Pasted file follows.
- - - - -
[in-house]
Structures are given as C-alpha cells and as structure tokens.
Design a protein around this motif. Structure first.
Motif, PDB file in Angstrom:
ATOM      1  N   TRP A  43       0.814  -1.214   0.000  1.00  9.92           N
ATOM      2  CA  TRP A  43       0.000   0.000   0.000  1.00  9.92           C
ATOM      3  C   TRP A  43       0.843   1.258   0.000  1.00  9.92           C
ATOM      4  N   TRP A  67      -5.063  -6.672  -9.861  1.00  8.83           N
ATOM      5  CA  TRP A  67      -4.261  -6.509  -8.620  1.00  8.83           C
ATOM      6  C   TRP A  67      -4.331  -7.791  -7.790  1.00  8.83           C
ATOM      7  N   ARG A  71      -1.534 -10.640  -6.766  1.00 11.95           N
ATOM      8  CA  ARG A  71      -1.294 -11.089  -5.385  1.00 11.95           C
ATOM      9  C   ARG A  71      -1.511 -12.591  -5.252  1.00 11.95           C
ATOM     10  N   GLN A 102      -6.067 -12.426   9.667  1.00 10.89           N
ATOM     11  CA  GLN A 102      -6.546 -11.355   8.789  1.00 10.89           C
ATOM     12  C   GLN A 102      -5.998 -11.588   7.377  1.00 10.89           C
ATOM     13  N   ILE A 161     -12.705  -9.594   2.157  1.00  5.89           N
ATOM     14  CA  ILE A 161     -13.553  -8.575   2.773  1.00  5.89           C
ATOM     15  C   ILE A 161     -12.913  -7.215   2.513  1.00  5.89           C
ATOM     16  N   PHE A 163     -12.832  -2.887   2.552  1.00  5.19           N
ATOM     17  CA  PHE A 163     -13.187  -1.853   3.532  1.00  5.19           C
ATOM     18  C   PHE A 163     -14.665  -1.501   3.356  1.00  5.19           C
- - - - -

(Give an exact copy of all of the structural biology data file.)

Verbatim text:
[in-house]
Structures are given as C-alpha cells and as structure tokens.
Design a protein around this motif. Structure first.
Motif, PDB file in Angstrom:
ATOM      1  N   TRP A  43       0.814  -1.214   0.000  1.00  9.92           N
ATOM      2  CA  TRP A  43       0.000   0.000   0.000  1.00  9.92           C
ATOM      3  C   TRP A  43       0.843   1.258   0.000  1.00  9.92           C
ATOM      4  N   TRP A  67      -5.063  -6.672  -9.861  1.00  8.83           N
ATOM      5  CA  TRP A  67      -4.261  -6.509  -8.620  1.00  8.83           C
ATOM      6  C   TRP A  67      -4.331  -7.791  -7.790  1.00  8.83           C
ATOM      7  N   ARG A  71      -1.534 -10.640  -6.766  1.00 11.95           N
ATOM      8  CA  ARG A  71      -1.294 -11.089  -5.385  1.00 11.95           C
ATOM      9  C   ARG A  71      -1.511 -12.591  -5.252  1.00 11.95           C
ATOM     10  N   GLN A 102      -6.067 -12.426   9.667  1.00 10.89           N
ATOM     11  CA  GLN A 102      -6.546 -11.355   8.789  1.00 10.89           C
ATOM     12  C   GLN A 102      -5.998 -11.588   7.377  1.00 10.89           C
ATOM     13  N   ILE A 161     -12.705  -9.594   2.157  1.00  5.89           N
ATOM     14  CA  ILE A 161     -13.553  -8.575   2.773  1.00  5.89           C
ATOM     15  C   ILE A 161     -12.913  -7.215   2.513  1.00  5.89           C
ATOM     16  N   PHE A 163     -12.832  -2.887   2.552  1.00  5.19           N
ATOM     17  CA  PHE A 163     -13.187  -1.853   3.532  1.00  5.19           C
ATOM     18  C   PHE A 163     -14.665  -1.501   3.356  1.00  5.19           C